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John Quincy Adams to Thomas Boylston Adams

6 May 1796

My dear Brother London May 6th: 1796.

I have within these three days successively received your letters of the 17th: and 28th: of last month. I had previously grown extremely anxious on your account, not having heard from you for so long a time. My apprehensions were not without foundation, but from your last I am led to hope your recovery is by this time complete, and that the beauty of the Season, will soon give you the strength which may still be deficient.

But your letter of the 22d: mentioned in that of the 28th: as containing an assignment for 200 guineas, has not yet come to hand. Its importance would at all times be considerable, but at the present it is of unusual magnitude to me, because the want of the supply with which it is to furnish me, is the only circumstance which still detains me here. I have received at length from America the letter which I have been expecting these four months, and am therefore more than ever impatient to take my departure. Had your letter of the 22d: have been equally fortunate with that of the 28th: I should have improved personally the opportunity by which I now write.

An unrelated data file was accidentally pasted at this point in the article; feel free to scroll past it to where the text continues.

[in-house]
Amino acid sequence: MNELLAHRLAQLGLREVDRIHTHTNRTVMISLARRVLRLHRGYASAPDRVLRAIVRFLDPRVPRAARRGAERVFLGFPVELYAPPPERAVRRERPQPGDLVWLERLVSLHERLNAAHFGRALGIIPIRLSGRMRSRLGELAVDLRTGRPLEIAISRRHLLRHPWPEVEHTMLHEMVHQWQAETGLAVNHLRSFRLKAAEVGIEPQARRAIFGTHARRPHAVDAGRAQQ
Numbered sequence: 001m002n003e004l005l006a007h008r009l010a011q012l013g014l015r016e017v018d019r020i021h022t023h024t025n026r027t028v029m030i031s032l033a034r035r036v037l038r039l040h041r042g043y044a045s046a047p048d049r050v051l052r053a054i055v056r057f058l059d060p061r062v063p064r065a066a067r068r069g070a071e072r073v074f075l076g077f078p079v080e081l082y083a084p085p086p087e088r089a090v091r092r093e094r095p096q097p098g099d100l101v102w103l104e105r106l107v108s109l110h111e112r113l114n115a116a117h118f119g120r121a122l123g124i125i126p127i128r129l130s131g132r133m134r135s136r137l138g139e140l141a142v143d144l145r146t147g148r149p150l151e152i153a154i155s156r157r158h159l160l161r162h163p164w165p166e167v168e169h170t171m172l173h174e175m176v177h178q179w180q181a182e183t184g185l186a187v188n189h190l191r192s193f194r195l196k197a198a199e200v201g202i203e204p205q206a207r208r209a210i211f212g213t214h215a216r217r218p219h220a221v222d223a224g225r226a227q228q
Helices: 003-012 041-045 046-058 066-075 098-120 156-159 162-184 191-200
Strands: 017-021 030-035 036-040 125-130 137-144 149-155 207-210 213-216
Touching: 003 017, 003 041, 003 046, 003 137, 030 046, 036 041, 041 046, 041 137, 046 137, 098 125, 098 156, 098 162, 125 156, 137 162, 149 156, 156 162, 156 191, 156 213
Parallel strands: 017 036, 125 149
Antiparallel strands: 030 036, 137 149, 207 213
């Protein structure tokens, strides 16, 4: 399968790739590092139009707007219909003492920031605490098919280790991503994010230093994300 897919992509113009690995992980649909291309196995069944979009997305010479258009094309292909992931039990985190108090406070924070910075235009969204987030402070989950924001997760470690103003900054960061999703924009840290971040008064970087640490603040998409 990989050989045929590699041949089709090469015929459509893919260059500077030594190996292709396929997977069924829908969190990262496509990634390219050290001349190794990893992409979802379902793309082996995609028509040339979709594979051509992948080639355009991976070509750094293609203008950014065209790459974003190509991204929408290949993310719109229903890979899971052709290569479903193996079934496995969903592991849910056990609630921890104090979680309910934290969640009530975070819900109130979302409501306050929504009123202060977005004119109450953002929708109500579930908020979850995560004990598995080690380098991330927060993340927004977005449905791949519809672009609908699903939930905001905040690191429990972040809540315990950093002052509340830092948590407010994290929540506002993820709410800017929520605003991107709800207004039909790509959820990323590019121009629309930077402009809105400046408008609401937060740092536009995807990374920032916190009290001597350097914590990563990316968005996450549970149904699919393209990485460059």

I shall bring with me the articles of Mr: Noël, and the tooth brush &c for yourself. But you need not sit up or hire an house. I shall, however unwillingly, cross the water with no other companion beside my man Sauche.

You must get the news, from the papers I send.

your brother

J. Q. Adams.

(DLC: Gates W. McGarrah Collection).
This early access document should not be cited in formal research.
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